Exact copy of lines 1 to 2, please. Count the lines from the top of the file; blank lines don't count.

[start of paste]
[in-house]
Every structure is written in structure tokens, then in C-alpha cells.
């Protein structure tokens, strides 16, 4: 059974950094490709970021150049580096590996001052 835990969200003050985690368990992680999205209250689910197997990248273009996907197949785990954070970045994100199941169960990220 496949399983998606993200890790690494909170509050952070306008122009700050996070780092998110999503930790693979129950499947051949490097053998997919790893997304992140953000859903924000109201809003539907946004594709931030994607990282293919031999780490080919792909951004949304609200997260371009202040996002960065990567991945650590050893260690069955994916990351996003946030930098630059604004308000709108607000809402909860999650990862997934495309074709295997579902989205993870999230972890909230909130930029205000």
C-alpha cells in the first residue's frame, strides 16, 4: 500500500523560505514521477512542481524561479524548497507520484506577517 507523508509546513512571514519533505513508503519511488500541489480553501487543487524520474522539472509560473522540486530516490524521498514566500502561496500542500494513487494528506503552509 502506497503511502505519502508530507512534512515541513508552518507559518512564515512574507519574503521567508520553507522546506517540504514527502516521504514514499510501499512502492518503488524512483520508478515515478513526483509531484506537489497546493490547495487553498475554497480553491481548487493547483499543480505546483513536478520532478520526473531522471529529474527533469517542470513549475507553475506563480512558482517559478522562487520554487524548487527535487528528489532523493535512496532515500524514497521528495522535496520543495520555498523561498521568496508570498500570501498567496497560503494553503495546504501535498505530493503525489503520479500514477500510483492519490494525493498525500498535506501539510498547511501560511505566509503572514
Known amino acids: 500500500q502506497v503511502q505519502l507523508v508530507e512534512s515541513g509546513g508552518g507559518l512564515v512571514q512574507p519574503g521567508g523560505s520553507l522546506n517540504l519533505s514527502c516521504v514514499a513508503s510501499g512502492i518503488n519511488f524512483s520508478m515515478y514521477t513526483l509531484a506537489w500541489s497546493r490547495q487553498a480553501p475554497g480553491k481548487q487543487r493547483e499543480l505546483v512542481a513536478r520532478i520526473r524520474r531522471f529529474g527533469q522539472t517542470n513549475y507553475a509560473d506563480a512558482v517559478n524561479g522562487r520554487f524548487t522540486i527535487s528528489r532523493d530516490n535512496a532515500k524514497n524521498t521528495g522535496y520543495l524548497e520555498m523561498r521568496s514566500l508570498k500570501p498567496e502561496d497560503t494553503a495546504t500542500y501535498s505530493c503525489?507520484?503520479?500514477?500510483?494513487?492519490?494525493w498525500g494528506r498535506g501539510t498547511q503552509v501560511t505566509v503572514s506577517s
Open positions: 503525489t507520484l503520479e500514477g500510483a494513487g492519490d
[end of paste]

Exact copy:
[in-house]
Every structure is written in structure tokens, then in C-alpha cells.